Lawmakers make little progress

Panama passed a Law of Protection of the Spiritual and Traditional
Medicine Knowledge in 2002, but even there, said Kuna biologist Heraclio
Herrera, the law has significant loopholes and does not provide rules
against biopiracy. Panama's General Environmental Law requires previous
consent of indigenous communities for bioprospecting, but Hererra said,
"the investigators have avoided the consultative process by going
directly to a person in the community possessing knowledge of
traditional medicine and buying information."

The idea behind this market-driven approach to conservation is that, if
only these people were aware of the economic value of the environment
and were given jobs exploiting that value, they would take better care
of a goose that lays golden eggs.

Nicaragua has the Law of Environmental Crime that defines extraction of
resources as a crime, which went into effect in June.

Julio Sánchez, coordinator of the Humboldt Center's Biodiversity
Program, said that this and other laws regulating access to these
resources could challenge the intellectual-property clauses of CAFTA,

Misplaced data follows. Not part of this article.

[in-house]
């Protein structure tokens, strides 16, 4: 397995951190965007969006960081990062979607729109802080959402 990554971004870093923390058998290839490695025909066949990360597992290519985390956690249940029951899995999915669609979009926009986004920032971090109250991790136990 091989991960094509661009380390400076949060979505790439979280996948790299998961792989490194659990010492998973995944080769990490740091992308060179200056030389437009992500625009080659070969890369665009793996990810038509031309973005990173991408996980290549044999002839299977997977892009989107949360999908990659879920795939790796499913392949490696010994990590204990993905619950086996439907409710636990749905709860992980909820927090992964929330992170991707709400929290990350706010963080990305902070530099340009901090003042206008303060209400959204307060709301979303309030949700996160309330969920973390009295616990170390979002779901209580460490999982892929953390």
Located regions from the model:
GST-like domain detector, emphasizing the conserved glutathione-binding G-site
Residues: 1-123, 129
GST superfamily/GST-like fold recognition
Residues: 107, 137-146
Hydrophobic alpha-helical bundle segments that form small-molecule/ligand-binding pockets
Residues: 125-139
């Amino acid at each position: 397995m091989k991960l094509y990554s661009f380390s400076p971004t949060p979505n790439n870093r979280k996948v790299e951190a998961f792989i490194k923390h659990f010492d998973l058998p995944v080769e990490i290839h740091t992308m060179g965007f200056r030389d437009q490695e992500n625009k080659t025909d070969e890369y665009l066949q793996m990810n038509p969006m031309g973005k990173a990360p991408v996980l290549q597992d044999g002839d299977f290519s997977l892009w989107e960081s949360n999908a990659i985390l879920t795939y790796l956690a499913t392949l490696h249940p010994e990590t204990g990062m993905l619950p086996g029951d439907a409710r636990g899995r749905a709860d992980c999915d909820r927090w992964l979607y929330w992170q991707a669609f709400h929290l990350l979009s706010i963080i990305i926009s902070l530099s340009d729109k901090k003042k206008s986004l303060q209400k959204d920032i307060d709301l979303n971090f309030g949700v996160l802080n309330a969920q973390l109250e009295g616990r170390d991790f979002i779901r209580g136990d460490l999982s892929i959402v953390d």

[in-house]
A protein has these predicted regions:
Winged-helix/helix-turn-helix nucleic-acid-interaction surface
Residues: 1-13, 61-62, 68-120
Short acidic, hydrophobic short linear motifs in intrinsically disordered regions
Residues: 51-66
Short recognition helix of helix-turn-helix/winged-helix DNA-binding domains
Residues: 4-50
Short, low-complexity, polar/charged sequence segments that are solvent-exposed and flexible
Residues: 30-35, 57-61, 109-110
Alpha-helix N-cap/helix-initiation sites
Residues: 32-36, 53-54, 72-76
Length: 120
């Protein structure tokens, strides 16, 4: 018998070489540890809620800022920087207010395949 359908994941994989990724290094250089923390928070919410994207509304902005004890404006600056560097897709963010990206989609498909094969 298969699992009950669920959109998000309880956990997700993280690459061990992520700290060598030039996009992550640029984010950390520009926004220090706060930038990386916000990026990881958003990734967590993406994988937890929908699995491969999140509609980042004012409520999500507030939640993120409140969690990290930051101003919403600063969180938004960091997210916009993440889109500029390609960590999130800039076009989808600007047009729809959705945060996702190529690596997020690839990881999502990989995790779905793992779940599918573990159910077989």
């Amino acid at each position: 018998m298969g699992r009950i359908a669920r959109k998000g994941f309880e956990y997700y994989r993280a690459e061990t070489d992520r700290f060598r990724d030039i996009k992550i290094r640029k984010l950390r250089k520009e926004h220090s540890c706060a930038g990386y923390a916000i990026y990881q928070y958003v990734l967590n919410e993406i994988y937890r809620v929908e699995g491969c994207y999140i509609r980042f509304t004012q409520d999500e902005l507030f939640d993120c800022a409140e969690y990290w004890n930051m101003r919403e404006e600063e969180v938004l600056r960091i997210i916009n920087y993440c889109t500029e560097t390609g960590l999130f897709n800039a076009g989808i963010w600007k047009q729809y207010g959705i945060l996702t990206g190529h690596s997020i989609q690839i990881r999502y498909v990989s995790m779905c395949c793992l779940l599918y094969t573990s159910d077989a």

"preventing the potential effects of CAFTA."

But this remains uncertain at best. Under the terms of the pact, the US
can decertify any CAFTA member that attempts to legislate away the
odious aspects of the agreement. This is a one-way street as CAFTA can
pre-empt any Central American national legislation.

Costa Rica has not yet ratified CAFTA. Newly inaugurated President Óscar
Arias is committed to ratification, but National University of Costa
Rica professor Silvia Rodríuez warned, "Upon ratifying the treaty, the
communities of Costa Rica will perhaps soon find out that the statutes
of the law of biodiversity are condemned to become 'a restriction of
market access.'"

Costa Rica has already given away much of its botanical patrimony. In
1991, the pharmaceutical company Merck contracted with the National
Biodiversity Institute. For US$1.1 million the company bought the rights
to some 500,000 species and microorganisms in the country's national
parks. The contract, which has been renewed three times, gives Merck
patent rights to any medicine or product developed from any substance
discovered.

The meaning behind the conflict

This situation clearly highlights issues of sovereignty and, for the
indigenous communities, stacks the cards against indigenous ideas that